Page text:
Love the pictures Greg.Just looking at them,you would think they were taken somewhere in Florida.The Oueen Palms look like they have done the best,or the Washingtonias.I noticed in the picture with you in it,there was some Pygmy Date Palms.It reminds me of this fruit stand down the street from me that had 100 or mabey more for sale.I was buying some strawberries and I heard him telling people that they would live here,he had singles,doubles and triple trunk ones for $25 dollars.They had about 4 foot trunks on them,I thought to myself that's cheap for them that big.He sold all of them,there now are all kind of gas stations and stores that have them planted out front.I couldent lie to people to just sell a palm,if it's not cold hardy for here I would just tell them.Your right in saying people want pure tropical.Everybody around here wants mule palms now.A lady bought 3 of mine,I told her there not cold hardy for here but she wanted them anyhow.She said she knew several people who would buy as many as I could get.I quess some people have plenty money to burn.Hope you had a good vacation and welcome back.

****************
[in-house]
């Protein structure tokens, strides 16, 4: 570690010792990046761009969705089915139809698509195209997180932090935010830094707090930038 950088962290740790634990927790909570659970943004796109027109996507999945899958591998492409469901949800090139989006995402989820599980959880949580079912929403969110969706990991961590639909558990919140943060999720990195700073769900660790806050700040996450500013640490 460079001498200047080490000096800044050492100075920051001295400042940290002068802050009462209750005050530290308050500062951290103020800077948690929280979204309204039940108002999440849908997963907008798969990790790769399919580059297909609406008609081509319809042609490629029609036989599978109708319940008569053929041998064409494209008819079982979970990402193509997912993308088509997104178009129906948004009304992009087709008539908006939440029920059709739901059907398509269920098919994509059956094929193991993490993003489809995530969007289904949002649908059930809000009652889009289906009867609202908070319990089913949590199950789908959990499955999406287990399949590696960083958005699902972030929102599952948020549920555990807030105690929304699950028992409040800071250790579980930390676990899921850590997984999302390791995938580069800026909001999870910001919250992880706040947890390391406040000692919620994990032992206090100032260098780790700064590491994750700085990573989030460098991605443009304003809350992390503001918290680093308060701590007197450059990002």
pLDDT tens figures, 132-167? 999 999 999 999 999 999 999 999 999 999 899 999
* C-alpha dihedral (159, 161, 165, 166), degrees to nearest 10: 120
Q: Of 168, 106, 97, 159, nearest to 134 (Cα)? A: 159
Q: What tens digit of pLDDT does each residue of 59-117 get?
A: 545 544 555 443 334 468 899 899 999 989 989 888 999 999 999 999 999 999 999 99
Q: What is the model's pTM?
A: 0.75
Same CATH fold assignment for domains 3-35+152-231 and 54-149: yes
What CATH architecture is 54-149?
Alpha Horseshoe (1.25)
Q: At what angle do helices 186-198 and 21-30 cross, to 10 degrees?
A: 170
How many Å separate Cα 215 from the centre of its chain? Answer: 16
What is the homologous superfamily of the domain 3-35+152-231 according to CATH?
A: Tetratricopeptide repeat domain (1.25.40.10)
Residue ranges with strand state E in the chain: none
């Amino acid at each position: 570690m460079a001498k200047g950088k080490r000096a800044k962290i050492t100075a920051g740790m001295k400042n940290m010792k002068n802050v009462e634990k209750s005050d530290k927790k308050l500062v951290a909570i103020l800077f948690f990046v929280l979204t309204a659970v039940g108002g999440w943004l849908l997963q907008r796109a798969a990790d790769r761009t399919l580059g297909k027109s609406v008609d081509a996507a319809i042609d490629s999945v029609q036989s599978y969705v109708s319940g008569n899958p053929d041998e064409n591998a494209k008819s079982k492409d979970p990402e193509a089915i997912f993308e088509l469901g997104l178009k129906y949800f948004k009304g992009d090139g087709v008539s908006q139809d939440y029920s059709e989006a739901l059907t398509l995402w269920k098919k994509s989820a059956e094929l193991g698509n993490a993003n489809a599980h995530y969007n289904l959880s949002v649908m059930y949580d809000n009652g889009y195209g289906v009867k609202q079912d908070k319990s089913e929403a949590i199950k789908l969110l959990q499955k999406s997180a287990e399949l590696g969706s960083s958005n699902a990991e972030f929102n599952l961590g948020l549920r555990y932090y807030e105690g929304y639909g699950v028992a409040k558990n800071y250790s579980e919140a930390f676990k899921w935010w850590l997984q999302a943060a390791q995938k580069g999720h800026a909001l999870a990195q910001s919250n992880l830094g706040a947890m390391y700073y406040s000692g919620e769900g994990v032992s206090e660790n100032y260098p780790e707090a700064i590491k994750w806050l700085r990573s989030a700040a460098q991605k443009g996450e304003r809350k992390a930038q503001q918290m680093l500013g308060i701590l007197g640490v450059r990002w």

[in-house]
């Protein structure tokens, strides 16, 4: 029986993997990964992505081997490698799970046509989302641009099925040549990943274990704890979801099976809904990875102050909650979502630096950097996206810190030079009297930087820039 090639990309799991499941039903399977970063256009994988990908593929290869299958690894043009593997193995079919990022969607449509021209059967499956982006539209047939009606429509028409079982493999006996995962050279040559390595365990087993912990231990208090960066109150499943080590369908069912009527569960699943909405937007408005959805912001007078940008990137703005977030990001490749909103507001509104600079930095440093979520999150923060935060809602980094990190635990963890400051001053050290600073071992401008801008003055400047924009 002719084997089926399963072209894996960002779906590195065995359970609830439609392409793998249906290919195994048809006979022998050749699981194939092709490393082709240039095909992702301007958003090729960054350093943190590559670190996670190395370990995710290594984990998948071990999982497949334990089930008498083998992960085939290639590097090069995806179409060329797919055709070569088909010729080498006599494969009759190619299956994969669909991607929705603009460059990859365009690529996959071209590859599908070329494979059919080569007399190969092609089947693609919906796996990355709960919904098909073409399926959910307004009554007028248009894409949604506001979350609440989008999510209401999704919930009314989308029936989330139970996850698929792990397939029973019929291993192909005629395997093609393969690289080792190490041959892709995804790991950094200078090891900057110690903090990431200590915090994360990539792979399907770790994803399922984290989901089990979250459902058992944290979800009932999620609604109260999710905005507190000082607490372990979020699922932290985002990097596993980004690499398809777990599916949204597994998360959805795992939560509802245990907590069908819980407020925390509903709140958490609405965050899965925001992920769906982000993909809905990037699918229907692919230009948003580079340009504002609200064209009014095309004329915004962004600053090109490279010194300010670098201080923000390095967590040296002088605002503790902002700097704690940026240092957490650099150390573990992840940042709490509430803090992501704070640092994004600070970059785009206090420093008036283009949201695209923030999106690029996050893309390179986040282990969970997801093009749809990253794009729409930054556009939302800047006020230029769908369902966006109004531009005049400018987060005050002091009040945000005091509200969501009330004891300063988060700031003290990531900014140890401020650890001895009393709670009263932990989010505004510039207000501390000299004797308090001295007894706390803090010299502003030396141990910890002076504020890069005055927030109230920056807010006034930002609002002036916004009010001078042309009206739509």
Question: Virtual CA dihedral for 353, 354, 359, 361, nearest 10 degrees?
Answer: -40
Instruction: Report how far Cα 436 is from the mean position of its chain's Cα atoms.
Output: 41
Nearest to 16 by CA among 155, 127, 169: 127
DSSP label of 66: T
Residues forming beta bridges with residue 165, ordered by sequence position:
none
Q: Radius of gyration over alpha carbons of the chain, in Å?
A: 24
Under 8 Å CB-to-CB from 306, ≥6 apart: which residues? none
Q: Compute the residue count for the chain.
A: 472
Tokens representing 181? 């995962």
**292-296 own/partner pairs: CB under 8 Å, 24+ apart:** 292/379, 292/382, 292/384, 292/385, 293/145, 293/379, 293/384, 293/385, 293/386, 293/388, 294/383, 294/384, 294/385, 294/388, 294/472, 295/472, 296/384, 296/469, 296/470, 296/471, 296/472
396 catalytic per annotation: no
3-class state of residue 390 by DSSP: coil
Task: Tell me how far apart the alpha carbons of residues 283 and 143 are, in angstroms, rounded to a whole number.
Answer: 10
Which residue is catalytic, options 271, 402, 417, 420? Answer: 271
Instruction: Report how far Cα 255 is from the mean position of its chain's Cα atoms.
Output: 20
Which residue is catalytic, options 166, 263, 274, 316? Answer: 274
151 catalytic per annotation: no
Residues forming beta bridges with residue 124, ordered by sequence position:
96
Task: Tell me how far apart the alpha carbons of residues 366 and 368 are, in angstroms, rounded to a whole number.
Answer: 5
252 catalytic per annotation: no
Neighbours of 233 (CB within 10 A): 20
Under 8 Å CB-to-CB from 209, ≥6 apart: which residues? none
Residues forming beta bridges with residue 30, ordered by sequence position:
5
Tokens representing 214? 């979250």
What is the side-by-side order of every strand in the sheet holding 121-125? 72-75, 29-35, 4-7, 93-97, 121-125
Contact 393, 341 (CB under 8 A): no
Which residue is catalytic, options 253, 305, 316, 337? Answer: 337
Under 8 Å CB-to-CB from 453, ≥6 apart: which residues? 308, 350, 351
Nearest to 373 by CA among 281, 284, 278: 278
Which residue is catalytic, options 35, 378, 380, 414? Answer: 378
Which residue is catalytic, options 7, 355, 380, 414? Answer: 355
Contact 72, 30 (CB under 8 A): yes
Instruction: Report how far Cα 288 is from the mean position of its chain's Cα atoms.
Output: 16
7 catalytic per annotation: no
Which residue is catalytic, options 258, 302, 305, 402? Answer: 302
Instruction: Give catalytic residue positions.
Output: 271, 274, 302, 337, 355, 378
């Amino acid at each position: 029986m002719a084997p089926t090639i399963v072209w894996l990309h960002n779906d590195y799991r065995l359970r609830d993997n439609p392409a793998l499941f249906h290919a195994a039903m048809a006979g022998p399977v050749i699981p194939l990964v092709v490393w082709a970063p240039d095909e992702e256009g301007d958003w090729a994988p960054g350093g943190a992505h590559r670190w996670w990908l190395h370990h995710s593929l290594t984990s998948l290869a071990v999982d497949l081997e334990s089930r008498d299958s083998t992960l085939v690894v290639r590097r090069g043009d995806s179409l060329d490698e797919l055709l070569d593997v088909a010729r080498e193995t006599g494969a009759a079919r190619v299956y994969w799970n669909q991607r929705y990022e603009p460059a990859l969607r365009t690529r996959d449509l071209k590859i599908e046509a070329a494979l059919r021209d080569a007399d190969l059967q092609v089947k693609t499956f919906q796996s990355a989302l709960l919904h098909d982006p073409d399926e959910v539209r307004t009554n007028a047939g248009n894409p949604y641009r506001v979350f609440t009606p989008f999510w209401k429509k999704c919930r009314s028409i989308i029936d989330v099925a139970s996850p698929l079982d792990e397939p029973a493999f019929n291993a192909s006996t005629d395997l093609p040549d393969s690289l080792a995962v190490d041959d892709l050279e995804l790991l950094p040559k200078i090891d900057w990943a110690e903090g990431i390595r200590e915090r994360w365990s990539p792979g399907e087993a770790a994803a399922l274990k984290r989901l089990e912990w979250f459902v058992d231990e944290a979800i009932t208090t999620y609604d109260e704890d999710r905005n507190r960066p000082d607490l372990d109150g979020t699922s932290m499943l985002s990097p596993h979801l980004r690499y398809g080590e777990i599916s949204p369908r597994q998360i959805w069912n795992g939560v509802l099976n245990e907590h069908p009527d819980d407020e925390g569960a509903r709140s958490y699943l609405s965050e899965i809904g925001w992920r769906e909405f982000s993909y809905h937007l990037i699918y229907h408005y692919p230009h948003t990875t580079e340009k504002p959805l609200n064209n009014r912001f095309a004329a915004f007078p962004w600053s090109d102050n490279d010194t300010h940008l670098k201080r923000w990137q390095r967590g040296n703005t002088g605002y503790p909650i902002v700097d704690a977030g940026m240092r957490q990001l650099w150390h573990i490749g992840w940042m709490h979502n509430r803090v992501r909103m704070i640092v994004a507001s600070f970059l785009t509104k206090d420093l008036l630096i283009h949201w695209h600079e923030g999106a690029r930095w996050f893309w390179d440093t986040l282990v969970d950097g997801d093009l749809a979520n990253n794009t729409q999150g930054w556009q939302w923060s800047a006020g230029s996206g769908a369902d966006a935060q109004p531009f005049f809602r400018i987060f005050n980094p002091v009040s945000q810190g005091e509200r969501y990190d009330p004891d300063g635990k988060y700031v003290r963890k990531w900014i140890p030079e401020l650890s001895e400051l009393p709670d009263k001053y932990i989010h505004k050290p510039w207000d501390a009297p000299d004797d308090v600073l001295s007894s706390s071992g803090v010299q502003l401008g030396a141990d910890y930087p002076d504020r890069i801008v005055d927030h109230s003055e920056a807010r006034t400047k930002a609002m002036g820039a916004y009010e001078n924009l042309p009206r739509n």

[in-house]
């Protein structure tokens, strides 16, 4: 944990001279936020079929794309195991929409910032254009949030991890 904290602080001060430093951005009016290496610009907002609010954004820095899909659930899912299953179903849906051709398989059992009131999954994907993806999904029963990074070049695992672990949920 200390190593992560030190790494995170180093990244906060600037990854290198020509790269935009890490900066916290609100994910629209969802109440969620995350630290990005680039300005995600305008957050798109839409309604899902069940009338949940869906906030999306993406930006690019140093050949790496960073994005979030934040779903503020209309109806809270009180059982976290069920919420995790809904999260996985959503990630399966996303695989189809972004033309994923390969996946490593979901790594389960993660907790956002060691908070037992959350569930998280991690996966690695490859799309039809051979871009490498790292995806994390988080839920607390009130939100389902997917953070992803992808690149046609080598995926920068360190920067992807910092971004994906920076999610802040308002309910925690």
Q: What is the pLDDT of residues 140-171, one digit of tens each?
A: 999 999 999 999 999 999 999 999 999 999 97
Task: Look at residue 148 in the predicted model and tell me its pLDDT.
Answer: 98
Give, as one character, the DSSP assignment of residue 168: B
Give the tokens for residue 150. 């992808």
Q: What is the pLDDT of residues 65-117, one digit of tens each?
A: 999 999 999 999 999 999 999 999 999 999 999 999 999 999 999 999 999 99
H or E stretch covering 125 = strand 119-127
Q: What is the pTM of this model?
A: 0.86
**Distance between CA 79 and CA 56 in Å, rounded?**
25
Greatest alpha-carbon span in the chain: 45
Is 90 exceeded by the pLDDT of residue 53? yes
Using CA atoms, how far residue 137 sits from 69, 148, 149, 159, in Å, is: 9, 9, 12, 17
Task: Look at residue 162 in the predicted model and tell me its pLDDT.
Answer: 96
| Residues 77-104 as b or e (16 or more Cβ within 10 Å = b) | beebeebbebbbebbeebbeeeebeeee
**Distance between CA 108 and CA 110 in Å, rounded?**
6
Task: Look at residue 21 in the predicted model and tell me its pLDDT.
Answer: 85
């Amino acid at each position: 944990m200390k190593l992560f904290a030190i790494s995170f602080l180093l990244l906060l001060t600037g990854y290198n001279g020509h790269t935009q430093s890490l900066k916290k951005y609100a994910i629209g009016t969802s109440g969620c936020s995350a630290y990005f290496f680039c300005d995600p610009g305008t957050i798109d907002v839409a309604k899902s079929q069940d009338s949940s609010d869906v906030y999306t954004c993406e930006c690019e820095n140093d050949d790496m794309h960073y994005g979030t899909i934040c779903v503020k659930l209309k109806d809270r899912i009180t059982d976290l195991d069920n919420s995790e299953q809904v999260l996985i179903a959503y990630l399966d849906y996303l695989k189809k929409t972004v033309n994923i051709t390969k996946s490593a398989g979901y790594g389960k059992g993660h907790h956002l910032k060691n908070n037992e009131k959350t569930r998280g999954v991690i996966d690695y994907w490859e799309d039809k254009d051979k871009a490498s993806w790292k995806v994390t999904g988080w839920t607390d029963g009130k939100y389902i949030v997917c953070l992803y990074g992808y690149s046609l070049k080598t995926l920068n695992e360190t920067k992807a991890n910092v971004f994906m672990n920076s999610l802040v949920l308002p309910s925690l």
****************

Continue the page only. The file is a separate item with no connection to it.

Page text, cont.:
Bookmark   August 4, 2010 at 11:35PM
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brooklyngreg(7a NYC coastal plain)

Thanks Butiaman. Good to hear from you. My vacation was restful and next year I am taking two weeks Lord willing. How are your butias doing? Growing fast I bet.

Aren't those pitures shocking for the Jersey shore. Good point to be honest. Its very wise of you. That guy misleading people may have some angry folks looking for him come Springtime. We protect ourselves from consequences when we do the right thing.